AppleInsider is supported by its audience and may earn commission as an Amazon Associate and affiliate partner on qualifying purchases. These affiliate partnerships do not influence our editorial content.
Apple in a statement said Epic is welcome to return to the App Store when it agrees to "play by the same rules as everyone else," terms to which the developer has not yet agreed.
Epic on Thursday asked Apple to reinstate its developer account in light of the passage of a South Korean law that will require app store operators like Apple and Google to offer third-party payment systems for in-app purchases.
"As we've said all along, we would welcome Epic's return to the App Store if they agree to play by the same rules as everyone else," Apple said in a statement to AppleInsider. "Epic has admitted to breach of contract and as of now, there's no legitimate basis for the reinstatement of their developer account."
Accepting the App Store's guidelines is the minimum requirement for any developer to gain entry to the marketplace, but Epic has refused to agree to Apple's terms. Epic's request on Thursday does not demonstrate a willingness to change that stance and Apple is not prepared to consider a request for reinstatement until the developer agrees to comply with App Store rules, Apple says.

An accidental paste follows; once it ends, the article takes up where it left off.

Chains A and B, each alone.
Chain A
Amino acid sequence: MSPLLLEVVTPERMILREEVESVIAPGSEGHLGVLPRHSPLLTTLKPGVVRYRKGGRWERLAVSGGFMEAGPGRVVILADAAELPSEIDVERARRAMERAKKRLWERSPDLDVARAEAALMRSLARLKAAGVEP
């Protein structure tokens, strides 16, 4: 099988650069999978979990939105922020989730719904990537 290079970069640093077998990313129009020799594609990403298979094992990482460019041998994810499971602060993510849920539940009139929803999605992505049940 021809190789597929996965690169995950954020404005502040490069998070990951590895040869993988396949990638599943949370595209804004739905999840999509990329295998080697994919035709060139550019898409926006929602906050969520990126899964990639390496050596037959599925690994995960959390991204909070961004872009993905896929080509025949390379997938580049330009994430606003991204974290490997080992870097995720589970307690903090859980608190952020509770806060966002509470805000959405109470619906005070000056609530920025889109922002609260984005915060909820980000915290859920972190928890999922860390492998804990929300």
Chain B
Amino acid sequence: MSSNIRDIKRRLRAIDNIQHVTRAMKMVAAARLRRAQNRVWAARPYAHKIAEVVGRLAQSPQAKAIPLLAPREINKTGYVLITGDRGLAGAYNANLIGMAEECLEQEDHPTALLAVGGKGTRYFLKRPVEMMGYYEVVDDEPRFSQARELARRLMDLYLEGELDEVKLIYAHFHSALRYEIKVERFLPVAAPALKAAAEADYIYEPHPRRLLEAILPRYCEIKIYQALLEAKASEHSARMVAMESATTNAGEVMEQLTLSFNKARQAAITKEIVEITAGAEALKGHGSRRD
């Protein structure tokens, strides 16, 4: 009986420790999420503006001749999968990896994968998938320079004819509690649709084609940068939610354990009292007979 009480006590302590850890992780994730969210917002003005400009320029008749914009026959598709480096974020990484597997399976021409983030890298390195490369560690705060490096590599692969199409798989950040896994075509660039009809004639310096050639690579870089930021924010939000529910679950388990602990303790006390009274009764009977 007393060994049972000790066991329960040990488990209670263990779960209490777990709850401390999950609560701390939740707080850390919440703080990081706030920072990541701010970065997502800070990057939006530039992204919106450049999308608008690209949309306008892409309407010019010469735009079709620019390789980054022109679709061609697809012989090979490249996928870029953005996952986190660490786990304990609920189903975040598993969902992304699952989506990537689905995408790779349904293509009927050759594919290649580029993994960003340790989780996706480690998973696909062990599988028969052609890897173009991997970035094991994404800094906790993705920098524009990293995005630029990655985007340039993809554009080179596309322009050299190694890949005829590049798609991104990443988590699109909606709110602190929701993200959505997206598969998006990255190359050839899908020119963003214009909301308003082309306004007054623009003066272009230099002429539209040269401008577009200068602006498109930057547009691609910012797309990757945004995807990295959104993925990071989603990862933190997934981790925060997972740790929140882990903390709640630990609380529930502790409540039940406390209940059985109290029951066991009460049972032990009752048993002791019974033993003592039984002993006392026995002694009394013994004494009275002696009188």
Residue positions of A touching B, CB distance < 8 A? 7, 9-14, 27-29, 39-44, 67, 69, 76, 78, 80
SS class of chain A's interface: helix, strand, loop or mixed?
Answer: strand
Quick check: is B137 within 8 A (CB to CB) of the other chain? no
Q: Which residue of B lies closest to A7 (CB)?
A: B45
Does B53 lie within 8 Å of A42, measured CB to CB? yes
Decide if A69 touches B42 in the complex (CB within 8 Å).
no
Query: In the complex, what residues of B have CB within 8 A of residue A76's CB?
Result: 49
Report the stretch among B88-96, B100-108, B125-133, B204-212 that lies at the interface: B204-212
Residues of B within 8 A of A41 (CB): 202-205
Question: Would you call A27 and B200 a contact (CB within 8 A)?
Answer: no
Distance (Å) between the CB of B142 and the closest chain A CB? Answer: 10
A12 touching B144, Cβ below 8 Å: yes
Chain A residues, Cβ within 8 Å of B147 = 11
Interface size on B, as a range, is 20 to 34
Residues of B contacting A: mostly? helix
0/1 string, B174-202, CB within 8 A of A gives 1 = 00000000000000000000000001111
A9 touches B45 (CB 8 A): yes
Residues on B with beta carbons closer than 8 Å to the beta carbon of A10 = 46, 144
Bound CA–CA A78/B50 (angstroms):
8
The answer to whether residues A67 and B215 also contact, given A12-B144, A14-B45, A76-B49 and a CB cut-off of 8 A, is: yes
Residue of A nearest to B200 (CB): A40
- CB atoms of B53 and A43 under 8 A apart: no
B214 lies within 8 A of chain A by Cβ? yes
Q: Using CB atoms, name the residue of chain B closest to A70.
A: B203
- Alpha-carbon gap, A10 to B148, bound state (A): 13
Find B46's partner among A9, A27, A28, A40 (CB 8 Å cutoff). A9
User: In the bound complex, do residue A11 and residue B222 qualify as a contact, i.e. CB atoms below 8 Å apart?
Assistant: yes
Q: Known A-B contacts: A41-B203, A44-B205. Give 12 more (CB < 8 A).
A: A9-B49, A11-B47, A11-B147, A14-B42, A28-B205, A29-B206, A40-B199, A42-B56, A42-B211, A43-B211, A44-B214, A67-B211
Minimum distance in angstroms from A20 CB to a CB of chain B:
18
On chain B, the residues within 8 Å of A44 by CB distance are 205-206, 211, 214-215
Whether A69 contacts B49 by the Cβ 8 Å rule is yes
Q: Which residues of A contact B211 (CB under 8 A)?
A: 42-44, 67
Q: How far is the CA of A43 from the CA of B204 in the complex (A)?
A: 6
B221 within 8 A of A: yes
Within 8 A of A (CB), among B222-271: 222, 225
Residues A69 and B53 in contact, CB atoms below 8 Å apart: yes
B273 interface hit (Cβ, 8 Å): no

The "Fortnite" developer was hanging its hopes on a change of heart following the passage of South Korea's Telecommunications Business Act, which will require app stores to accept alternative payment methods for in-app purchases. Passed late last month, the legislation is not yet in effect.
Interestingly, Epic in its letter to Apple on Thursday said it plans to use Apple SDKs, software and testing services. Why Epic is attempting to access to those tools is unknown, but it can't legally do so without a license.
"Fortnite" was booted off the App Store more than a year ago after Epic sidestepped Apple's commission mechanism by secretly including and later activating a third-party payment option in an app update. Apple consequently deactivated the company's account, an action that triggered a prepared legal barrage and corresponding PR campaign.